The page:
For informational/historical purposes only.

FOR IMMEDIATE RELEASE: December 1, 1998
OFFICE OF COMMUNICATIONS

TRAC RELEASES NEW PROJECTS LIST

(COLUMBUS) - The Transportation Review Advisory Council (TRAC) today released its list of transportation projects receiving funding during the next four years.

"This year, we are funding work on more projects than we have in the past because of increased federal funding and continued internal cost savings," said ODOT Director and TRAC Chairman Jerry Wray.

The TRAC funded 64 projects at a total cost of $1.6 billion during 2000 through 2003. Download the QuattroPro files detailing the projects:  See HTML versions of these documents.

Highlights of the major new construction list include:

  • The US Route 35 corridor from Dayton to the Ohio River will be completed;
  • The US Route 30 corridor will be completed from Interstate 77 to US Route 23 and right of way will be purchased on the remaining sections between US 23 and Interstate 75;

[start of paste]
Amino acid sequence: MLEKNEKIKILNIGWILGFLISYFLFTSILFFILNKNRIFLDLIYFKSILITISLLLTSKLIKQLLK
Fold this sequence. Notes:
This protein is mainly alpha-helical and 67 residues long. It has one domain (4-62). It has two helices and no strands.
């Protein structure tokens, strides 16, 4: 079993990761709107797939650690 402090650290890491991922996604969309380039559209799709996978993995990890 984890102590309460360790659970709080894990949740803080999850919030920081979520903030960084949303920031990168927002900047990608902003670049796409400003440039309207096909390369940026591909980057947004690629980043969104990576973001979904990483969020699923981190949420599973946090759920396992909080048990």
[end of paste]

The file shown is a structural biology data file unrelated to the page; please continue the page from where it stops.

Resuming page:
• Approximately $100 million will be provided for transit improvements; and
  • A new high-level bridge on Interstate 280 in Toledo will be built.

In 1997 the Ohio General Assembly created the TRAC at the request of ODOT to provide oversight for the department’s major new capacity project selection process. The TRAC is an independent body consisting of nine members and is chaired by the ODOT Director.

"By developing this independent body and establishing an open, objective criteria-driven project selection process we have been able to fairly balance the requests of local communities for major new construction projects with our available resources," said Wray.

The TRAC’s project selection process prioritizes major new capacity projects for funding based upon a formula that scores transportation factors such as traffic accident rates, congestion and average daily track traffic. Economic development criteria such as the number of jobs created and level of investment attracted by a project is also measured. Based upon project scores projects are grouped in Tier I, Tier II or Tier III.